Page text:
Jack Peter is an inquisitive troubled little boy that eavesdrops on conversations which shouldn't be heard. Diagnosed with a phobia of not being able to venture outdoors, stress becomes a burden on the family when ambitions are forced to be put aside for full time care of the boy. Parents Tim and Holly soon find a strange wedge forced between them. The relationship suffers as support groups become their new hobby. As for Jack, his long lasting friendship with Nick becomes a crutch that provides an important release to his sanity. As the refusal to set foot outdoors become dominant, his mind forms into a deep place to live. This dark dwelling spurs an art talent with unknown magical realism. Jack becomes his own creator of forms not of this world which can only exist in a conception of a disturbed small boy.
From the heart and soul of a child comes a tale of creative imagination turning into reality. This leads to an awful presence hiding under the bed awaiting life given by the conception of a youth. A wave of longing to feel stirs dead emotions within the mind of a polite, obedient, shy kid. Seemingly ordinary on the outside, shifting emotions cause a reversal in the real world. The reader is shown a troubled family touched by bad decisions and the consequences it brings. A haunting tale is then introduced with things that go bump in the night, spirits seemingly existing within a house, and macabre answers to frightful questions. Donohue has created a Grimm's Fairy Tale for adults. Dark suspense and a feel for the unknown represent this book in a big way. Be advised to leave the lights on and make sure no shadows exist while reading this tale.
American novelist Keith Donohue presently lives in Maryland. Providing tiny gems such as The Stolen Child and The Boy Who Drew Monsters, Keith has become not only a New York Times Bestseller, but King of Fairy Fiction. Leaving childhood and the nature of searching for an identity in this huge world is an ongoing developmental theme in Donohue's stories. His experience at speech writing for chairmen, working in home construction, and involvement in a box office theatre, has given way to bigger goals. Writing reviews for the Washington Post and a Ph.D. in English along with a specialization in modern Irish literature bestows a combination for readers to reap the benefits for many years to come.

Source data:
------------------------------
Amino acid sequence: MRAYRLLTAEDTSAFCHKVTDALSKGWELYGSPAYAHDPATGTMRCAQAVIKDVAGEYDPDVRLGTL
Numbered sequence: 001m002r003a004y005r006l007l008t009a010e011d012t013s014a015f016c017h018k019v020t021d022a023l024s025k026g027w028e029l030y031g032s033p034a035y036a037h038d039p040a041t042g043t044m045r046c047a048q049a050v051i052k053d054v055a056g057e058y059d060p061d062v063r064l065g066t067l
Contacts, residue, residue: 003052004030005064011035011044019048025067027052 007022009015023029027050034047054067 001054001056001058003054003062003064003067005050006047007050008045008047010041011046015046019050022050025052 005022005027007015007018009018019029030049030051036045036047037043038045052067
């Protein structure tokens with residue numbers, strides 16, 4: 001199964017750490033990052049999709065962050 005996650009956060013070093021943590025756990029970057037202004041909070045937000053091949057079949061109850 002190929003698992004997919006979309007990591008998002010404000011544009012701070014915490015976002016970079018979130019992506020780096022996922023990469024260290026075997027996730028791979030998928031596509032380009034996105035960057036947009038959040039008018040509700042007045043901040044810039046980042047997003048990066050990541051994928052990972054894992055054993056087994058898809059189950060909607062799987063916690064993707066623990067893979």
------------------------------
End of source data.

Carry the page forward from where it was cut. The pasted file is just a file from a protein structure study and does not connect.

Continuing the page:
From the New York Times bestselling author of The Stolen Child comes a hypnotic literary horror novel about a young boy trapped inside his own world, whose drawings blur the lines between fantasy and reality.
Ever since he nearly drowned in the ocean three years earlier, ten-year-old Jack Peter Keenan has been deathly afraid to venture outdoors. Refusing to leave his home in a small coastal town in Maine, Jack Peter spends his time drawing monsters. When those drawings take on a life of their own, no one is safe from the terror they inspire. His mother, Holly, begins to hear strange sounds in the night coming from the ocean, and she seeks answers from the local Catholic priest and his Japanese housekeeper, who fill her head with stories of shipwrecks and ghosts. His father, Tim, wanders the beach, frantically searching for a strange apparition running wild in the dunes. And the boy's only friend, Nick, becomes helplessly entangled in the eerie power of the drawings. While those around Jack Peter are haunted by what they think they see, only he knows the truth behind the frightful occurrences as the outside world encroaches upon them all.
In the tradition of The Turn of the Screw, Keith Donohue's The Boy Who Drew Monsters is a mesmerizing tale of psychological terror and imagination run wild, a perfectly creepy read for a dark night.